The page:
An Observant Zoom User Prompted a Rescue at Sea

A maritime story with a happy ending

Waves crash over oceanfront homes during a noreaster in Scituate, Massachusetts, on January 29, 2022.

Whether it’s in the 18th century or the 21st, there’s something inherently gripping about boats and their crews in peril. But unlike accounts of whaling ships gone astray and polar expeditions taking a tragic turn, one recent maritime rescue has a decidedly 21st century spin. Or, to put it another way, videoconferencing software has not played a significant role in rescuing people in danger on the high seas before now.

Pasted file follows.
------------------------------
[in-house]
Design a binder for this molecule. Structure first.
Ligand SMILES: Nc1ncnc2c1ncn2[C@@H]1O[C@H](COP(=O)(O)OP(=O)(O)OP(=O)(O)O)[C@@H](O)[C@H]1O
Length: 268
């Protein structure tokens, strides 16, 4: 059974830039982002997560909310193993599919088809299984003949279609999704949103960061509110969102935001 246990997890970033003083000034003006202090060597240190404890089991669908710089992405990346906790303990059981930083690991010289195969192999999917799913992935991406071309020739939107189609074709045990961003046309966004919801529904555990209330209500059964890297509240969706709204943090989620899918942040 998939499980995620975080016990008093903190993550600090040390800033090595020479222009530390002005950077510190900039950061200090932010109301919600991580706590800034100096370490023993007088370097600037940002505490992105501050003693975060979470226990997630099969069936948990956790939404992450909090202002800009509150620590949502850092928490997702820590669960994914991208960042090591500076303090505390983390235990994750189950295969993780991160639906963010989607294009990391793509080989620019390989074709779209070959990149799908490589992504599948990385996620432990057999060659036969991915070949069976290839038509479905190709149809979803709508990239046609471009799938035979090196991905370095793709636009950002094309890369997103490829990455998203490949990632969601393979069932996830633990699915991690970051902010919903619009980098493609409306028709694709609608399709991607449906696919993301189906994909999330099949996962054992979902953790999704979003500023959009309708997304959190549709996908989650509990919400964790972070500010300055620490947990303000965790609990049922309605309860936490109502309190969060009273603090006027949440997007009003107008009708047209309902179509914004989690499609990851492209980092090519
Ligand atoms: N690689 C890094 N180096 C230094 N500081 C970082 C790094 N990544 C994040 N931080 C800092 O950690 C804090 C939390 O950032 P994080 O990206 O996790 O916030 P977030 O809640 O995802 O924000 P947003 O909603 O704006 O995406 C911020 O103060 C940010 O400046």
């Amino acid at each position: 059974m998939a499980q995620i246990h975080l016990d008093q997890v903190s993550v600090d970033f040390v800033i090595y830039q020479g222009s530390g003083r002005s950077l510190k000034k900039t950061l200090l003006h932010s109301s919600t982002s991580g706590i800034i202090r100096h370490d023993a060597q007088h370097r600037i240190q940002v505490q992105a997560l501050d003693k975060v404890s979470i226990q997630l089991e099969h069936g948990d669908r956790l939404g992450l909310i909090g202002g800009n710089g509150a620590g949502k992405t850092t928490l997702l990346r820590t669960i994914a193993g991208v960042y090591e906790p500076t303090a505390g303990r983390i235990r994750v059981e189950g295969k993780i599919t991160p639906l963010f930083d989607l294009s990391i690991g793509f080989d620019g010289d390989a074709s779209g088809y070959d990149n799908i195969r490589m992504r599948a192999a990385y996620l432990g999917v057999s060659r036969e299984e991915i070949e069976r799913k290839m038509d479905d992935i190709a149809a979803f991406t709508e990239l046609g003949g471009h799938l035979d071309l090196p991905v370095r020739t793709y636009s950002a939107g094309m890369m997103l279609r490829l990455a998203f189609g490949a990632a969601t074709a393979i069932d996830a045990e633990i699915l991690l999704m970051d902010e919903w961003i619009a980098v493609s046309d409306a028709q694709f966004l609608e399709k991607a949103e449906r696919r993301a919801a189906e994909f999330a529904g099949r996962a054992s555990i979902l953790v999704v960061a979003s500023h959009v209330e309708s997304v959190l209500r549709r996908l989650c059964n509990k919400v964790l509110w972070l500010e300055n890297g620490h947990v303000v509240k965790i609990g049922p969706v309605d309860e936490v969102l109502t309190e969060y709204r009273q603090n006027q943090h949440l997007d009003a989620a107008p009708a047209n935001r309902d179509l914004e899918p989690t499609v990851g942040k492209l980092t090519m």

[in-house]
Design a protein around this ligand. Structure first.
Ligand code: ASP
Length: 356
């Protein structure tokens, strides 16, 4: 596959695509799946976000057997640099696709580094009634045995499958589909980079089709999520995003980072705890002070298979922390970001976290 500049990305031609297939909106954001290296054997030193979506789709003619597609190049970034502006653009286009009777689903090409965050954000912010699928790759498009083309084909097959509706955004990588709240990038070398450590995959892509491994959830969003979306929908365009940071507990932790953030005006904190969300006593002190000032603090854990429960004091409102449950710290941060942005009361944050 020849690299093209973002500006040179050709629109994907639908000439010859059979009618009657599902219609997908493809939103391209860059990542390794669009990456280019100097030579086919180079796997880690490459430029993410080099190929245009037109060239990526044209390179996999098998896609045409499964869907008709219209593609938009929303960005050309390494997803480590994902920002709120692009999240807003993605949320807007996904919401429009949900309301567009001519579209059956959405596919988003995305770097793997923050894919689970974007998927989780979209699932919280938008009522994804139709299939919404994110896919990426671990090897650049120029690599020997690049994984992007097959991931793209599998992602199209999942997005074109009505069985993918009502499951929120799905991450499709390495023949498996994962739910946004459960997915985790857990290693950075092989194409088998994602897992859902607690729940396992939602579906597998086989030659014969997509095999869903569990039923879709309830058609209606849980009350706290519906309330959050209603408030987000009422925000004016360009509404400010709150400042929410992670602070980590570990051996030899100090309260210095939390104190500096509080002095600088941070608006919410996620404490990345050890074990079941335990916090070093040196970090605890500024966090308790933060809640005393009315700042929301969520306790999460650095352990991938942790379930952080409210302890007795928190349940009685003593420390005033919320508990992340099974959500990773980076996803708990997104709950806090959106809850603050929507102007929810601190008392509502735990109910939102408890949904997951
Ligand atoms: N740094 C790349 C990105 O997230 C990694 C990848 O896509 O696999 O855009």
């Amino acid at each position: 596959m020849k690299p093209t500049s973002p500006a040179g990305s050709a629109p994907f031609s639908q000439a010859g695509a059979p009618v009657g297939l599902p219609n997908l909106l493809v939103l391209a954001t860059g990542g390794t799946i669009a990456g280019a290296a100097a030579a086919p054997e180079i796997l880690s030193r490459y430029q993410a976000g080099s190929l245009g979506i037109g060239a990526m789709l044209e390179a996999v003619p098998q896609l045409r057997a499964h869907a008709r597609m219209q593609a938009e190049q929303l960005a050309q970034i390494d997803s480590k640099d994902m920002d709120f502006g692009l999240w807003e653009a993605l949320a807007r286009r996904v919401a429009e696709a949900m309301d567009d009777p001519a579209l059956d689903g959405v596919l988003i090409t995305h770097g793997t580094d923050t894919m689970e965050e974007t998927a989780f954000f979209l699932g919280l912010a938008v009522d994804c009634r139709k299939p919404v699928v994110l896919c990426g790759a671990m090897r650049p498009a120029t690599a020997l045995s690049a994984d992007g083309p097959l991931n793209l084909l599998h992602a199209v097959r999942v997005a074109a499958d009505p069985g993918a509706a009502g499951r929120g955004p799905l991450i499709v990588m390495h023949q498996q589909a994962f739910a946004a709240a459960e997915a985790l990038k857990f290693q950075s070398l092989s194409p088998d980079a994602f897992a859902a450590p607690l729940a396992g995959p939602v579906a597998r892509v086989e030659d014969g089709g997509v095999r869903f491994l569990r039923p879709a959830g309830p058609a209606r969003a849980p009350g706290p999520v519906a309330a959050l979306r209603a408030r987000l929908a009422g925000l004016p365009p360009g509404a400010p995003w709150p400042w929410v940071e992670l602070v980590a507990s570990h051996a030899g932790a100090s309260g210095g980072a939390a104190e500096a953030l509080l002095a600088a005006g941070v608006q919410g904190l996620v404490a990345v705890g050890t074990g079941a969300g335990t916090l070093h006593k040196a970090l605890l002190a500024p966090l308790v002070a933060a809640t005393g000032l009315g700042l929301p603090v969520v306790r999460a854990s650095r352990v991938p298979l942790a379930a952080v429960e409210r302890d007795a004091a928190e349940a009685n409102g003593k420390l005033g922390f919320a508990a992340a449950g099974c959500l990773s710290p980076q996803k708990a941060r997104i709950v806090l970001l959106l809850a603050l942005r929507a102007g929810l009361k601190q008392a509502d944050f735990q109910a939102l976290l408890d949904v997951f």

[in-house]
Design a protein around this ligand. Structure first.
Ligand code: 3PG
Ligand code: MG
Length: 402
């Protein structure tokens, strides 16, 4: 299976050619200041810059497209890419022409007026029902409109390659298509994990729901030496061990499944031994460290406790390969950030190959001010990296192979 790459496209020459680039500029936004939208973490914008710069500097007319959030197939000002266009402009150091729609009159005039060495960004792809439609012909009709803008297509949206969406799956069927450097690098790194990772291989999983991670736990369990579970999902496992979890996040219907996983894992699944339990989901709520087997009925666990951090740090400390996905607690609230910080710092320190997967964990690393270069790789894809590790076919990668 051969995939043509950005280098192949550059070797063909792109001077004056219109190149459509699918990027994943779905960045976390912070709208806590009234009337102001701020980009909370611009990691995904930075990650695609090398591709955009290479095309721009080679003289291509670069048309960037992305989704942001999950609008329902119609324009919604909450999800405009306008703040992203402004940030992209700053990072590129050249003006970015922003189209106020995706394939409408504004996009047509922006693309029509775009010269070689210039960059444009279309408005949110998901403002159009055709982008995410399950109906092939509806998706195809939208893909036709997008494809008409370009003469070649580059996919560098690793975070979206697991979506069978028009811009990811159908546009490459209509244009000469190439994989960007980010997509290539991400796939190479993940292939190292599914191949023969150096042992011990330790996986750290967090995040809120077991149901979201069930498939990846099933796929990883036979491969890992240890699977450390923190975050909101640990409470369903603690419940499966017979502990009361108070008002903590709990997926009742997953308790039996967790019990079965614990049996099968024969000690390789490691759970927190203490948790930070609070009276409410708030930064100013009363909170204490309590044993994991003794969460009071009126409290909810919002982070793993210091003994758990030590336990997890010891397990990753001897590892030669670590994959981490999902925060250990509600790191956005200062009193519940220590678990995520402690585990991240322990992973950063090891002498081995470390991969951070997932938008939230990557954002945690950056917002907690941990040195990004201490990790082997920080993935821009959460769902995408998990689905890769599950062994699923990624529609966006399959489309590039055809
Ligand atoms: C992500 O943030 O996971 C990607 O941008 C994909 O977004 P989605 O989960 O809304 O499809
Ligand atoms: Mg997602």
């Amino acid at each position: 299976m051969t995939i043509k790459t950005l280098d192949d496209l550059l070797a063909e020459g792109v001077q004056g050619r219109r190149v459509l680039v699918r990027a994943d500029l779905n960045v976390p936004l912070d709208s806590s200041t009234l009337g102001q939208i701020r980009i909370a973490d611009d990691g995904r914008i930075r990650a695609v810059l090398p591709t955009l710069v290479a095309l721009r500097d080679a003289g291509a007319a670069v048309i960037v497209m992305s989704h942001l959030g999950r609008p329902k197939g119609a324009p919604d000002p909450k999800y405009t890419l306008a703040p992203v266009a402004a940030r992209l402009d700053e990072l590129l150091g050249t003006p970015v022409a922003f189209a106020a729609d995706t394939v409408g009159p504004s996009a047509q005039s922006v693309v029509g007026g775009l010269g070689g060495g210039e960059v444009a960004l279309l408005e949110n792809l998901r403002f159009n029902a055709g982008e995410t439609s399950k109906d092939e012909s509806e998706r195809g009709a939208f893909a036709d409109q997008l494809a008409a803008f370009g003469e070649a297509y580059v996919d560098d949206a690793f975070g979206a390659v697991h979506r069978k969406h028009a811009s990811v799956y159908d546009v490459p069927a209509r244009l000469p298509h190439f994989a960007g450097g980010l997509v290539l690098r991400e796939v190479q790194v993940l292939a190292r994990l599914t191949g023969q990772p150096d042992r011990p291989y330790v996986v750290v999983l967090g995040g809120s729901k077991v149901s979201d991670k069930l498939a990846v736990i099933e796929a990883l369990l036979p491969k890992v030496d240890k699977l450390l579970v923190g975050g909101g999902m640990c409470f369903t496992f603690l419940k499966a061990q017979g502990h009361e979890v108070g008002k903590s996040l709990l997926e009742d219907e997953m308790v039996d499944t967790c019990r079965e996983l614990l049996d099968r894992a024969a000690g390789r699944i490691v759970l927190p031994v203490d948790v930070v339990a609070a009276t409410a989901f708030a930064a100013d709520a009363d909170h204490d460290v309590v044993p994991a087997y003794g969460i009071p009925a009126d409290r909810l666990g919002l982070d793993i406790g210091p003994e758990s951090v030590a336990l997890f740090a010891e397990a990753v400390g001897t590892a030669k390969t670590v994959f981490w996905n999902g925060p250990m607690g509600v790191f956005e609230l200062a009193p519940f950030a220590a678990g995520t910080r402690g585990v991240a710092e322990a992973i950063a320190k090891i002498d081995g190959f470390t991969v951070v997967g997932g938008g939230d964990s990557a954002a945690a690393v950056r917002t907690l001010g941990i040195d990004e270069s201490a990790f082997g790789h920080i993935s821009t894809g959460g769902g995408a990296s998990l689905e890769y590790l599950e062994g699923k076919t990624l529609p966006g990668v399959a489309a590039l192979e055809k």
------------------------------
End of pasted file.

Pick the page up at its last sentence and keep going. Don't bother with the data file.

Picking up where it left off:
2022 has changed that, however. The New York Times reported about the way one Pam Harght instigated a rescue for a fishing vessel that was in danger. The boat in question, the Bing Bing, was fishing for clams off the coast of Scituate, Massachusetts when it overturned in turbulent waters.

Meanwhile, on dry land, Harght was using Zoom to converse with her boss, who was in California. Just then, something that wasn’t on Zoom caught her eye — the sight of smoke, and then a boat turning. As the Times reported, she immediately called 911. This proved crucial — she was the only person who saw that the boat had capsized.

The three crew members who had been on board were rescued and hospitalized; had Harght not seen them, this story might have a much bleaker ending. Thankfully, everything that needed to come together to effect a rescue did so.

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